2

THE NATURE OF AN ARCHAEOLOGICAL HUMAN BONE ASSEMBLAGE

There are many ways to dispose of a dead body. The great variety of funerary practices used routinely by human groups around the world bears witness to this (Kroeber 1927; Ucko 1969). Many of these, such as disposal in rivers, exposure in trees or on platforms, or abandoning the corpse to be eaten by wild animals, would leave little trace in the archaeological record. Only if ancient funerary rituals culminated in the burial of human remains beneath the soil or within a tomb would they usually survive down the centuries to be studied by archaeologists.

In many instances burials simply involve the straightforward interment of a corpse, so that when it is excavated by archaeologists it is found as a discrete, articulated skeleton. In other cases there may be some pre-treatment accorded to the body before burial. For example, provided there has been no post-depositional disturbance, commingled, disarticulated bones indicate that the flesh had been allowed to rot or had been otherwise removed prior to burial of the bones. As we shall see this type of burial treatment was practised by some earlier human populations. Archaeological finds of burnt human bone show that cremation was another funerary practice used at various periods in antiquity.

Before attempting to infer anything about a past human group from a collection of bones (often termed an assemblage) excavated from an archaeological site, we need to consider the relationship between the assemblage and the ancient human group from which it is derived. The aim of this chapter is to discuss some of the factors which affect the composition of an assemblage of human bones from an archaeological site. They can be divided into two groups (Figure 2.1). Firstly there are those over which archaeologists have no control, including the mortality patterns of the ancient human group and the nature of their burial practices, and losses of bones due to destruction in the soil. A second set relates to excavation strategy and techniques, and so can, to a greater or lesser extent, be controlled by archaeologists.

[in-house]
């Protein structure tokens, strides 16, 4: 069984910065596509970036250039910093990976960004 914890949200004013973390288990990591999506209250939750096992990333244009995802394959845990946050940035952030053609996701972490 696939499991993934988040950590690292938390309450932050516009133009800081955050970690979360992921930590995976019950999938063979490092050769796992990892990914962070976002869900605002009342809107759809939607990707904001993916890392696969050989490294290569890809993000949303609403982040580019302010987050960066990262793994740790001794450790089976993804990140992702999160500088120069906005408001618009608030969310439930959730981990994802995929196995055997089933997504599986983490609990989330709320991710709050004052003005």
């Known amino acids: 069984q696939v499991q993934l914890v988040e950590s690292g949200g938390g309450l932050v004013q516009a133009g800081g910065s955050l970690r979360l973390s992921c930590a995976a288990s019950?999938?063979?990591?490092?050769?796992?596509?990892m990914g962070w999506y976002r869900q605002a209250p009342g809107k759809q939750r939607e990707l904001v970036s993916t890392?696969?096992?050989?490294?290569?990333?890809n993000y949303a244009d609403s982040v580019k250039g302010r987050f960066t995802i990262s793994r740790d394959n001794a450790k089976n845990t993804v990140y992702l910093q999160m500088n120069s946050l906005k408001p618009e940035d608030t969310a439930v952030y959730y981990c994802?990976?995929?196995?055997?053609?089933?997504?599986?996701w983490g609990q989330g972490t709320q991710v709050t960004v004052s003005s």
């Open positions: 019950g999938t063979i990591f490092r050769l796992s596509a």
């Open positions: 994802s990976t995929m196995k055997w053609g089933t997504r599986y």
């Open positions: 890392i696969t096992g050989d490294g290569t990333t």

As we move down Figure 2.1 each successive factor potentially introduces another set of losses and biases into the assemblage, so that each stage in the diagram represents but a sub-sample of the preceding one.

Biases introduced as a result of the archaeologists’ strategy and excavation methods can be viewed as inconvenient ‘noise’ tending to obscure patterning in the remains which might otherwise tell us about ancient life-styles. The strategy of excavators should, where possible, be to try to minimise the effects of these biases on the assemblage.

The factors outside archaeologists’ control can likewise be thought of as sources of unwanted bias on skeletal data. However, as we shall see, bone losses due to poor survival in the soil to some extent follow predictable patterns, so can to a degree be allowed for in data analysis. Factors associated with ancient burial practices can, if recognised and given appropriate consideration, provide us with additional information from our assemblage.

The other factor listed in Figure 2.1 which is outside archaeologists’ control is that of mortality.

-13-

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The Archaeology of Human Bones
Table of contents

Table of contents

  • Title Page iii
  • Contents vii
  • Figures viii
  • Tables xii
  • Preface xiii
  • 1 - The Nature of Bones and Teeth 1
  • 2 - The Nature of an Archaeological Human Bone Assemblage 13
  • 3 - The Determination of Age and Sex 33
  • 4 - Metric Variation 74
  • 5 - Non-Metric Variation 102
  • 6 - Bone Disease 122
  • 7 - Dental Disease 146
  • 8 - Traces of Injury on the Skeleton 162
  • 9 - Chemical Analysis of Bone 182
  • 10 - The Study of Dna from Ancient Bones 197
  • 11 - Cremated Bone 207
  • Bibliography 225
  • Index 240
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